How to Sleep Better: 20 Science-Backed Tips for The Best Sleep of Your Life (Part 3)
You can purchase supplements designed to help you sleep and stay asleep at your local grocery store or pharmacy. One of the most popular supplements, melatonin, is the same hormone that tells your body to go to sleep. Taking melatonin is one of the easiest ways to fall asleep and is proven to help you stay asleep and wake up without feeling groggy.
Along with melatonin, here are some other supplements to help sleep:
Magnesium; Lavender; Ginkgo biloba; Valerian root
Eating or consuming certain foods before bed, like caffeinated beverages and spicy foods, can keep you awake and cause stomach problems. Consuming caffeine up to 6 hours before bed is proven to disrupt sleep patterns. If you want a snack before bed, luckily there are some snacks you can indulge in without leaving you tossing and turning.
Here are some healthy bedtime snacks to your grocery list:
Kiki; Bananas; Tree nuts; Tart cherries; Sweet potatoes
- 15. Test For A Sleep Disorder
If you’ve tried some at-home methods and supplements to help you sleep and are still having trouble, it might be time to get tested for a sleep disorder. Sleep disorders like sleep apnea, insomnia, hypersomnia, and restless leg syndrome are common yet underdiagnosed.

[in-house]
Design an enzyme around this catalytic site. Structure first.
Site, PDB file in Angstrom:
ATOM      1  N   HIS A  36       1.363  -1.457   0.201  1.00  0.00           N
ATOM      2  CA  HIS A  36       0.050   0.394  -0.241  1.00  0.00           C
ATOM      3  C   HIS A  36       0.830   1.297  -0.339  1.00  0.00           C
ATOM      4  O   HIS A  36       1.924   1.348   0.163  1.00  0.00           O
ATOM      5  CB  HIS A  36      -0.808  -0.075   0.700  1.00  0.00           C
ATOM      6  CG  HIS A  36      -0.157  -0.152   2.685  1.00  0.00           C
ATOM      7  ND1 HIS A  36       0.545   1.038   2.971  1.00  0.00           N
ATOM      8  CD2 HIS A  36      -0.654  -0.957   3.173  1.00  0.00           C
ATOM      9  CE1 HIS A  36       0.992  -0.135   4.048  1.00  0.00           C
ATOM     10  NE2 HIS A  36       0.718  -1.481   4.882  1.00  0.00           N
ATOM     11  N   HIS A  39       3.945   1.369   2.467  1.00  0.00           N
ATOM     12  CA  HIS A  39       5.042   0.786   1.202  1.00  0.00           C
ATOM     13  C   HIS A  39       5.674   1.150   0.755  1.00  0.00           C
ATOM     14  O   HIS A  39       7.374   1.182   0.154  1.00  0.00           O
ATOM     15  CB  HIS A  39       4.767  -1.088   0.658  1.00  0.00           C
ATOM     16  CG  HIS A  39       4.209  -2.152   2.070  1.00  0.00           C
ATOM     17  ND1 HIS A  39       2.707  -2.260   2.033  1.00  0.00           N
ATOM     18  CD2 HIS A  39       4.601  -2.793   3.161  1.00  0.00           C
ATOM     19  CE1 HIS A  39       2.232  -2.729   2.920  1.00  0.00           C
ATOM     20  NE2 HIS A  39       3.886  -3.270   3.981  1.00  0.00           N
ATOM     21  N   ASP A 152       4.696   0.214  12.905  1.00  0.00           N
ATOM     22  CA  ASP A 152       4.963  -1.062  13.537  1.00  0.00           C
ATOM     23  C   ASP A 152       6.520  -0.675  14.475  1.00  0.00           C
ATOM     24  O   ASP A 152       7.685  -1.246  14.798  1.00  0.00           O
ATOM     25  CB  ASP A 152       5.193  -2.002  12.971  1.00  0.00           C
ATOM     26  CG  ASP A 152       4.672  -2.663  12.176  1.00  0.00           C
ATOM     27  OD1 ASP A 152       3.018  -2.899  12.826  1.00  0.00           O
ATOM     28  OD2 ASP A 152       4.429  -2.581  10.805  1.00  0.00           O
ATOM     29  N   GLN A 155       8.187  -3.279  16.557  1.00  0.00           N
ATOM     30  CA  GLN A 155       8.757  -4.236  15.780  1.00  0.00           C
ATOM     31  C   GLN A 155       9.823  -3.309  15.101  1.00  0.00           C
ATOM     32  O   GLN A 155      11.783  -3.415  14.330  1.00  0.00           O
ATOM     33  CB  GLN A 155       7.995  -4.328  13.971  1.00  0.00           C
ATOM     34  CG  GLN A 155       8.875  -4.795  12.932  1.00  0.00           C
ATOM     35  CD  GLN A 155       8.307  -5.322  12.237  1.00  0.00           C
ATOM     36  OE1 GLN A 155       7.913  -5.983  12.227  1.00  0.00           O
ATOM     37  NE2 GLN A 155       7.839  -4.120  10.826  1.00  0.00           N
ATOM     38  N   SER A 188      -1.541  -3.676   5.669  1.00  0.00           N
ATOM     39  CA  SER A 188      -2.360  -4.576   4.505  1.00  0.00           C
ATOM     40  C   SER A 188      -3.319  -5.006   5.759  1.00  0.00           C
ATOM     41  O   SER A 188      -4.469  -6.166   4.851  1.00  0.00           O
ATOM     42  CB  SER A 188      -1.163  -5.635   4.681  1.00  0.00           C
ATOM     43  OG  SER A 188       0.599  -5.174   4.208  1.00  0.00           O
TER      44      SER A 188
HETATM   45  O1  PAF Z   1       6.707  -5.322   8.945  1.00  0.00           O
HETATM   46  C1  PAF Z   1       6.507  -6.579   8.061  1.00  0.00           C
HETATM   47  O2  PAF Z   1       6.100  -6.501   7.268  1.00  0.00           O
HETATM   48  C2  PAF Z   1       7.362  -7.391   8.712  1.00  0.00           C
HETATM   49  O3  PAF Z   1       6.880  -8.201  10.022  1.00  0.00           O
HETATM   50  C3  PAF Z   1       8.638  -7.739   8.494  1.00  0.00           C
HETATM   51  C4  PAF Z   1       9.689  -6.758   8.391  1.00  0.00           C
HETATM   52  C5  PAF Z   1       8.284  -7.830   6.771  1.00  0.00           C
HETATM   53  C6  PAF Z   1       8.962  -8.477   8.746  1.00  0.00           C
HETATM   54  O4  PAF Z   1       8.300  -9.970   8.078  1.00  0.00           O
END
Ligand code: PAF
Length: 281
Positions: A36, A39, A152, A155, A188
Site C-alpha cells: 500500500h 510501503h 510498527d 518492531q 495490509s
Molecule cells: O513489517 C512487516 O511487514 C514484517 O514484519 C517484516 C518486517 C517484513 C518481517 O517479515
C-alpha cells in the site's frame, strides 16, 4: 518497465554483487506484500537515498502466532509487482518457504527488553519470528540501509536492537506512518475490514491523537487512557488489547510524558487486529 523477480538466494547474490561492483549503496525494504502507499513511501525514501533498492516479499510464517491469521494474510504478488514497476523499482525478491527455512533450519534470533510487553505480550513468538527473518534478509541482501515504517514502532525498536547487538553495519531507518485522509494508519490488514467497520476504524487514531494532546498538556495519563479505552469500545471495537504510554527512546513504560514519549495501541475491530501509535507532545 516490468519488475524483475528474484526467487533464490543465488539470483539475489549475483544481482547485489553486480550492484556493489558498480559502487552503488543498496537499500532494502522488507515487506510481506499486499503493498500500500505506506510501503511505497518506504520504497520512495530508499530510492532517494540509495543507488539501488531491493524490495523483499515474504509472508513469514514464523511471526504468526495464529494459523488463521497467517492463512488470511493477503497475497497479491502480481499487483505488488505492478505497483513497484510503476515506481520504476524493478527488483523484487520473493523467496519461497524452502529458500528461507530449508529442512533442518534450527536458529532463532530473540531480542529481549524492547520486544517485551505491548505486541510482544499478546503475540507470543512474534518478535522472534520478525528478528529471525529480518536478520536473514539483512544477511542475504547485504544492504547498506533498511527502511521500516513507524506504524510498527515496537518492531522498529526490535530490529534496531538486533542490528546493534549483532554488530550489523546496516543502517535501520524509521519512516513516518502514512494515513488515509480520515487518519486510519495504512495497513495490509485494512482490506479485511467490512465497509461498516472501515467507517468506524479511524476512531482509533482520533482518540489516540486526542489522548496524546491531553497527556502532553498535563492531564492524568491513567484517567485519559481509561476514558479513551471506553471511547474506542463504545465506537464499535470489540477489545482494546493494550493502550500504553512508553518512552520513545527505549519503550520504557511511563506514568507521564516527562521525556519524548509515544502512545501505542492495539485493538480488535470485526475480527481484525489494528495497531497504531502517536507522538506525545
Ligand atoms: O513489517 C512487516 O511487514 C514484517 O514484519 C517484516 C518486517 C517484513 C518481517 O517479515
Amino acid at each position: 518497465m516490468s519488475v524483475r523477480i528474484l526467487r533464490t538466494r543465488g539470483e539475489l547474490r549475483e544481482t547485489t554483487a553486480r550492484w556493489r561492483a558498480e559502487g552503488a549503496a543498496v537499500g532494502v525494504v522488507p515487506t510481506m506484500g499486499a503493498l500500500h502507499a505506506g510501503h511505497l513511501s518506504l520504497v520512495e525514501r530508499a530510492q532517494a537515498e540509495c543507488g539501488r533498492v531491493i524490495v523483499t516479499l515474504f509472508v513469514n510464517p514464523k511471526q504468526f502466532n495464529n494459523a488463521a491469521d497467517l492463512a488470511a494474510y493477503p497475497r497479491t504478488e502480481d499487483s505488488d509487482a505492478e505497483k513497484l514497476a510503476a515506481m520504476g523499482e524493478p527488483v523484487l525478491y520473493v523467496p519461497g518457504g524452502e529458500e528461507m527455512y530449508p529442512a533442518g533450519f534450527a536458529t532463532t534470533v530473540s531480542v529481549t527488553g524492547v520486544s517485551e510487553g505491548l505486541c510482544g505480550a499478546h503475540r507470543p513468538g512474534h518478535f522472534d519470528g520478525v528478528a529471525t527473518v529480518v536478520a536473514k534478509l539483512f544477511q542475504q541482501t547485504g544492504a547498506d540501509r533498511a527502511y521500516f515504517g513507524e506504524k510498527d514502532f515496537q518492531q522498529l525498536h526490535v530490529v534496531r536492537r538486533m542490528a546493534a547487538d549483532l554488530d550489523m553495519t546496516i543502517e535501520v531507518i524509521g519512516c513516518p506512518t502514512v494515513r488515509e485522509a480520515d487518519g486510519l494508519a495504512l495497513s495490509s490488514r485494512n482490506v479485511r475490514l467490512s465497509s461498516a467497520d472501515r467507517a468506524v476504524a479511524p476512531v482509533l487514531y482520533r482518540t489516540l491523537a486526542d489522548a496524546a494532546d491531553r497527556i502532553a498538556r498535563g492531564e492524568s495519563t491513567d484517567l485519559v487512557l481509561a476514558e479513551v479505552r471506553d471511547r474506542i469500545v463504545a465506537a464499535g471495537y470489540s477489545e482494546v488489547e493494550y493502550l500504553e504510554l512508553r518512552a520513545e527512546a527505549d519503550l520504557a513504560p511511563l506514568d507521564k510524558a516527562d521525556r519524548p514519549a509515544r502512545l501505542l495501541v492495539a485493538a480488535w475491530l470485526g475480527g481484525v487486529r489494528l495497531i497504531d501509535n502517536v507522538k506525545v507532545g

Sleep apnea is one of the most common sleep disorders that affects up to 30% of the adult population in the United States.
If you suspect you might have a sleep disorder, talk to your doctor for treatment.
- 16. Upgrade Your Mattress
One of the easiest ways to ensure you get better sleep is to upgrade your mattress. This simple fix does come with a financial cost, so it’s best to do your research ahead of time to narrow down your choices. The wrong mattress for your body type and sleep position can end up costing you a good night’s sleep every night. Within 28 days of sleeping on a new mattress, participants in a study reported reduced back pain, shoulder pain, and improved sleep quality by 60%.
- 17. Monitor Your Sleep Quality
Monitoring your sleep quality is the best and most concise way to find out what, if any, activities are impacting your sleep. Most smartwatches and fitness trackers have built-in sleep trackers that encourage you to keep a journal of your activities to see how they impact sleep. There are also highly reviewed sleep tracking apps for your smartphone.
According to Johns Hopkins University, sleep tracker apps don’t always give an accurate picture of your sleep and how much you sleep, but are still a good tool to track your activities and observe trends.